• Paying off your mortgage sooner frees up cash flow, when can then be used to retire early, start your own business, or spend more money on luxuries.
Advantages of investing in the market
  • Over the long run (at least 25 years), it is rare that the market doesn’t return at least 7 to 8%. Over the past 25 years (1984 – 2009), it has returned 10.43% compounded yearly. Although historical returns are not a guarantee of future results, they can be a predictor. If you are young and time is on your side, then a market investment may be more worth it for you.

Conclusion

I believe that the best option is paying the mortgage as if higher interest rates were already here; that way, you get used to the higher payment and don’t “reallocate” the money to something else. As interest rates are currently lower, you also pay down the mortgage faster. Any additional money that you have above that can then be invested in the market in order to take advantage of long-term compound growth.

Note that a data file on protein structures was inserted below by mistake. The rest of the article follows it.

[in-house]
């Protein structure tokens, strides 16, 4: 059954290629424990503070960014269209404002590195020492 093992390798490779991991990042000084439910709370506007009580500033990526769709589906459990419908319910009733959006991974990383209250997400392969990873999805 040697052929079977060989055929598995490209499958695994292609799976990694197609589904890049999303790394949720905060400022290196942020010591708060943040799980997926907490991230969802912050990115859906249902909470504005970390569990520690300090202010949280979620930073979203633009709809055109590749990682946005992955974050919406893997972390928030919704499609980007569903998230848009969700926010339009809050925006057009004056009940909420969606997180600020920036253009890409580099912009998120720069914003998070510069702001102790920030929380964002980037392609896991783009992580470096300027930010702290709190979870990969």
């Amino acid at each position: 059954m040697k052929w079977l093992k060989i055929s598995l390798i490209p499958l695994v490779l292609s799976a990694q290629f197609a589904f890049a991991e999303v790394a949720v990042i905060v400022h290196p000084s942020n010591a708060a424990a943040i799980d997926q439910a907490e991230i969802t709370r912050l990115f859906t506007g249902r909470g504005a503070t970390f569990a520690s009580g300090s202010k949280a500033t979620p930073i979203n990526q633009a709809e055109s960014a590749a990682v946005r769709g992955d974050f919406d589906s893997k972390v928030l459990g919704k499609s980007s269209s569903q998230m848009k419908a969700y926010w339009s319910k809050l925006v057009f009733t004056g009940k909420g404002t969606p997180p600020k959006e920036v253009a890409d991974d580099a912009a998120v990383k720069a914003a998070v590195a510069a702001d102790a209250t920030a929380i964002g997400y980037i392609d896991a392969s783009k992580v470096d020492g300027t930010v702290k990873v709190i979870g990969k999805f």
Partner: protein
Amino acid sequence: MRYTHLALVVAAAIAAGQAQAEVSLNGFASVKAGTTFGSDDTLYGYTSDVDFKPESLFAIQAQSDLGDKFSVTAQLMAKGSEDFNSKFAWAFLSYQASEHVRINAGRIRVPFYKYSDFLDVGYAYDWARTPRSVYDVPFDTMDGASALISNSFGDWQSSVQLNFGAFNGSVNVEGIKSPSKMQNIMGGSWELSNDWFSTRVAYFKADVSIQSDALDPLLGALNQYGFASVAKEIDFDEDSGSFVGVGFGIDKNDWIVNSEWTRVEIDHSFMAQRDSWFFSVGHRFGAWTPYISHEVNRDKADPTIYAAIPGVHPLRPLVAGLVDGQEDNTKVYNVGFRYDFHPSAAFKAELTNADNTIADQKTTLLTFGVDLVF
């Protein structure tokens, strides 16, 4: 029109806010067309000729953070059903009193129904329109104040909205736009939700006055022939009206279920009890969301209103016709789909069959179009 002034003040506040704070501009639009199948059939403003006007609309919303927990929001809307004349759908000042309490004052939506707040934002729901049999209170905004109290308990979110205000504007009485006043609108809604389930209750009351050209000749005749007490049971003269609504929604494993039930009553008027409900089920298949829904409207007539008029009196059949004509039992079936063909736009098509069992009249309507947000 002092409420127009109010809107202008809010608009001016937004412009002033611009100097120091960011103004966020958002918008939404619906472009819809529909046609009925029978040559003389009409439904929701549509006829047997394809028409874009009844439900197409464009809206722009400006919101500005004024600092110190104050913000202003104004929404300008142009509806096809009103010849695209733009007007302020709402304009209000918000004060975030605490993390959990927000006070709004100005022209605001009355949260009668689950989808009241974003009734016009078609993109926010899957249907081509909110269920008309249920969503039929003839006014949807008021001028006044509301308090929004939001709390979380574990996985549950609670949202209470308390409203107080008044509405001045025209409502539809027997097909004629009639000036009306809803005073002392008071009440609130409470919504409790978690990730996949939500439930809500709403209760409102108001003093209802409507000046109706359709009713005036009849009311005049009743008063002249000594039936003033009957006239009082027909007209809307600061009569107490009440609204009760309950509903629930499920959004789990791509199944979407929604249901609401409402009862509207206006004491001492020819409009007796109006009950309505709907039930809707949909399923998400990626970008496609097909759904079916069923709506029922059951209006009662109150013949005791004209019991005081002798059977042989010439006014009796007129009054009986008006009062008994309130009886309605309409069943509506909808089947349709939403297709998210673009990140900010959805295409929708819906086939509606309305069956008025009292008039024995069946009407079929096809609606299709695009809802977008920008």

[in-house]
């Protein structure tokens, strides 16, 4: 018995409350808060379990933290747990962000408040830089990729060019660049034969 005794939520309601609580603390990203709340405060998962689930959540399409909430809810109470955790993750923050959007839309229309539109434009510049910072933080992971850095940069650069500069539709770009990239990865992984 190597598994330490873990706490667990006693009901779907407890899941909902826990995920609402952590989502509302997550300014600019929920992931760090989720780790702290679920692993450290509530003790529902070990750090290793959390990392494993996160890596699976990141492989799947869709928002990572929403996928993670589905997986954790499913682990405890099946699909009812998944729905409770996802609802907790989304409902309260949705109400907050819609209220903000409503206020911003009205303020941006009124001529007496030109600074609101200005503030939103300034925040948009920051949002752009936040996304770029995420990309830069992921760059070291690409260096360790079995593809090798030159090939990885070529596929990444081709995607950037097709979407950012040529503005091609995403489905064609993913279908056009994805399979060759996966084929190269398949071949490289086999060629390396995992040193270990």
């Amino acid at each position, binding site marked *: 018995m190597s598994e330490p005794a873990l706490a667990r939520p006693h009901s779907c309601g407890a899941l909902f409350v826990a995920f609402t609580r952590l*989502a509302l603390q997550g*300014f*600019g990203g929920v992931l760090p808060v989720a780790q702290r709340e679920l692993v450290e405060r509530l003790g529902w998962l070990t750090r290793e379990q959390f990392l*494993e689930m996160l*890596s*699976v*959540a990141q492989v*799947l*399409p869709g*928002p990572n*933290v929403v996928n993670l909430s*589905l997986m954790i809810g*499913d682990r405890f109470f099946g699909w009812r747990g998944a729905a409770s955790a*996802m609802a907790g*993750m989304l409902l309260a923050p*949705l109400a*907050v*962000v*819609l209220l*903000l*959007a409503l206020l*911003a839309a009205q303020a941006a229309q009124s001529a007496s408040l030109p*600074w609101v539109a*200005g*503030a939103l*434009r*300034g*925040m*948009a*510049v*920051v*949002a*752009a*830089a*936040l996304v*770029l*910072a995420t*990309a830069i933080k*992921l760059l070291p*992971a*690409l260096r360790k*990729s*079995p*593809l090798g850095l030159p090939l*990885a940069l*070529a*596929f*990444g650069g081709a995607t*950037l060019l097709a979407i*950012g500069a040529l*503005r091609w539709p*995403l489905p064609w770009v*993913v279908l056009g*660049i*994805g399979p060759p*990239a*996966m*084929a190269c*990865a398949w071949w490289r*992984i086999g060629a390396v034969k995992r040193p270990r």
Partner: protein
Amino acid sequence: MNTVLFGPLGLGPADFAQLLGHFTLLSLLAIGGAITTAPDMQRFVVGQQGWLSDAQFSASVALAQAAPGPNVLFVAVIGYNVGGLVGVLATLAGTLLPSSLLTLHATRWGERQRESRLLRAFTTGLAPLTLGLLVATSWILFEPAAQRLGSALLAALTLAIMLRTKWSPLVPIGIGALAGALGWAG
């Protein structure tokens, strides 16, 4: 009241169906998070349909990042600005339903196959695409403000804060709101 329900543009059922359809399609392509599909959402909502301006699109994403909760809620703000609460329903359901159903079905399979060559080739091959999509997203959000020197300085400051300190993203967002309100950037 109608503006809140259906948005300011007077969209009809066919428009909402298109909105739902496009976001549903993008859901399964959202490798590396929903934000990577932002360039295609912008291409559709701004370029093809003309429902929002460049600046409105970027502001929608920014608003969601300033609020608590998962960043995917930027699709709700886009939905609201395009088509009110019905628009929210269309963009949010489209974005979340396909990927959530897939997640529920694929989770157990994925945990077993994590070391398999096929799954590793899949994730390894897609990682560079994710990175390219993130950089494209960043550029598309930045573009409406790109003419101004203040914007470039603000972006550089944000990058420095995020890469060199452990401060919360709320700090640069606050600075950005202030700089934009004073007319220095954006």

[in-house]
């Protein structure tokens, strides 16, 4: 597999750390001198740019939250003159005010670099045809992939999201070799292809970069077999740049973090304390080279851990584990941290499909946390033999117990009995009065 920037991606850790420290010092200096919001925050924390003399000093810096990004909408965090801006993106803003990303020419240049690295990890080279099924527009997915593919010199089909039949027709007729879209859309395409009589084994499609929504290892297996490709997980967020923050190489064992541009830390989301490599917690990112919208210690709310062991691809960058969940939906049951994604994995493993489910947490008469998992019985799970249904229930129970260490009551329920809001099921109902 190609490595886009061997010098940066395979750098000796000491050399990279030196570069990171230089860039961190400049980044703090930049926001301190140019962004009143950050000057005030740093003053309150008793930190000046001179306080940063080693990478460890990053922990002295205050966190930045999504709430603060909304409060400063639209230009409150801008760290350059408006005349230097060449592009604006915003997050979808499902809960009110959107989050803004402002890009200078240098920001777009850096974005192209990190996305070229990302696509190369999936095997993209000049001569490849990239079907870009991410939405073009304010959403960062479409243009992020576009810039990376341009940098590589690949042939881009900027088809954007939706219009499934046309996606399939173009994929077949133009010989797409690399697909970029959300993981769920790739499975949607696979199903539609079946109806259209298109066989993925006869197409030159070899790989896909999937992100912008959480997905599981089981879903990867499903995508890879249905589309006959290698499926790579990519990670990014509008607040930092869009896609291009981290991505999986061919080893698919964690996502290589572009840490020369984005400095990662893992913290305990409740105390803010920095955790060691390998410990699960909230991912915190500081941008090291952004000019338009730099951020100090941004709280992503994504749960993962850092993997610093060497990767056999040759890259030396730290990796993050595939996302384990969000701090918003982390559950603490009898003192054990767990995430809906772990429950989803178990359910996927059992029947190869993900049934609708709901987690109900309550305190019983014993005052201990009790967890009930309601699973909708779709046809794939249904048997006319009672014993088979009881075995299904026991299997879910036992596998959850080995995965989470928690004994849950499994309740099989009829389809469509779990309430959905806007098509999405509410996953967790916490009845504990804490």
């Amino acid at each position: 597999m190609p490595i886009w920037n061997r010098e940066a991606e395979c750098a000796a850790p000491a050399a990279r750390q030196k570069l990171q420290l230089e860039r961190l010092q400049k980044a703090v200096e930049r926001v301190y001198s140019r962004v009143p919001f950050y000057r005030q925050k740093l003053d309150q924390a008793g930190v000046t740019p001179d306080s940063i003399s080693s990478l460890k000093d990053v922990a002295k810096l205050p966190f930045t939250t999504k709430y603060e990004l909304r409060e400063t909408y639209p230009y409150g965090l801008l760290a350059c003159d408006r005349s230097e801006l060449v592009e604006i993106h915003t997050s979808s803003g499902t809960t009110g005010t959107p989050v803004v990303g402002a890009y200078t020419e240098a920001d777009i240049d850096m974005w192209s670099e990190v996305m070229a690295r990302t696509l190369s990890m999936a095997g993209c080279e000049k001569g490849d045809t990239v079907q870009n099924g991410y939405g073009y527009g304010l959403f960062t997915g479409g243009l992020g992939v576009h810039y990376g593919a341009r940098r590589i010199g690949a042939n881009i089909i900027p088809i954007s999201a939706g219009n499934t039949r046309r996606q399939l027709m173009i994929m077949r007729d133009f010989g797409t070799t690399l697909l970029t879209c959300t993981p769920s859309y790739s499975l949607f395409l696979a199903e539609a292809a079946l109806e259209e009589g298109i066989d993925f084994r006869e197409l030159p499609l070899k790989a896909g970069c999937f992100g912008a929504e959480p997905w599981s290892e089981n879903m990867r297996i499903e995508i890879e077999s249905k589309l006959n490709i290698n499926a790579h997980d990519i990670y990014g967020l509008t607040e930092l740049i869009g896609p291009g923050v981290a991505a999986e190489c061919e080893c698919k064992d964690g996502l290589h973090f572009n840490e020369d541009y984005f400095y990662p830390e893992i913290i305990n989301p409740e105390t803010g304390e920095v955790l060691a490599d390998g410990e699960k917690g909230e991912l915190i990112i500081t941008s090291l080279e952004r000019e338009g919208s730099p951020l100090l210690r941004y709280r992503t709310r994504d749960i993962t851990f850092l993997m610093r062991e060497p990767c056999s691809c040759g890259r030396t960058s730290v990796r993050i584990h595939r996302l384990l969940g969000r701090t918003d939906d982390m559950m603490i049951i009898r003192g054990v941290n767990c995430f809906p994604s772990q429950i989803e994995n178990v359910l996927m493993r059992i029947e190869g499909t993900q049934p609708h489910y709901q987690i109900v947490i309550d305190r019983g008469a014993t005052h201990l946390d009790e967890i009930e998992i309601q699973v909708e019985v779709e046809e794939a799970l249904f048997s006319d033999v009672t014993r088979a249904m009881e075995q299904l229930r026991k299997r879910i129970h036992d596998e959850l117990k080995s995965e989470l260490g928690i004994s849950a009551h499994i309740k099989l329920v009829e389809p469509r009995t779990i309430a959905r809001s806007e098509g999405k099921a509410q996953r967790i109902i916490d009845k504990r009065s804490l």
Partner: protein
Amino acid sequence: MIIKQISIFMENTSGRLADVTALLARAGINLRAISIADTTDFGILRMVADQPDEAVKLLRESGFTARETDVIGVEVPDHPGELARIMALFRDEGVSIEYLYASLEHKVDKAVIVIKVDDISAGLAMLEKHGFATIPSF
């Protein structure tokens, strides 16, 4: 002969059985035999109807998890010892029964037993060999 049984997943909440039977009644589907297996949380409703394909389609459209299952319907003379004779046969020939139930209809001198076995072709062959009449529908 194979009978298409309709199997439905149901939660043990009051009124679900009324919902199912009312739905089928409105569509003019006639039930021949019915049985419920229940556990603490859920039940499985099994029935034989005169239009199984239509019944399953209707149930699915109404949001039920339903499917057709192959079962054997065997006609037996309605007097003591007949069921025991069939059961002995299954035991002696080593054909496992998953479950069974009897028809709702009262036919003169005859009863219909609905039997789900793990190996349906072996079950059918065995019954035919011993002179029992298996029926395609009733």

So, what do you think? Do you swear by getting out of debt as fast as possible? Or would you prefer to take on more risk in return for the upside of additional long-term gains?

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About

Kevin has left the office, and he is currently fighting the rat race by working on his own business. He enjoys exploring unvisited places around the world and gaining new experiences. He believes that by properly managing our energy and time, we can learn to invest our lives wisely.

17 Comments Kevin on Apr 29th 2010

17 Responses to “Have a Lump Sum? Should You Pay Off the Mortgage Faster or Invest It Instead?”

  1. Mich @ BTI says:

    I would like to see the following scenario:
    Mortgage payment from 2000 to 2010 versus stock investing for the same period.

    And a big what if the same decade repeats itself?!?!?

  2. Kevin says:

    Good point, Mich!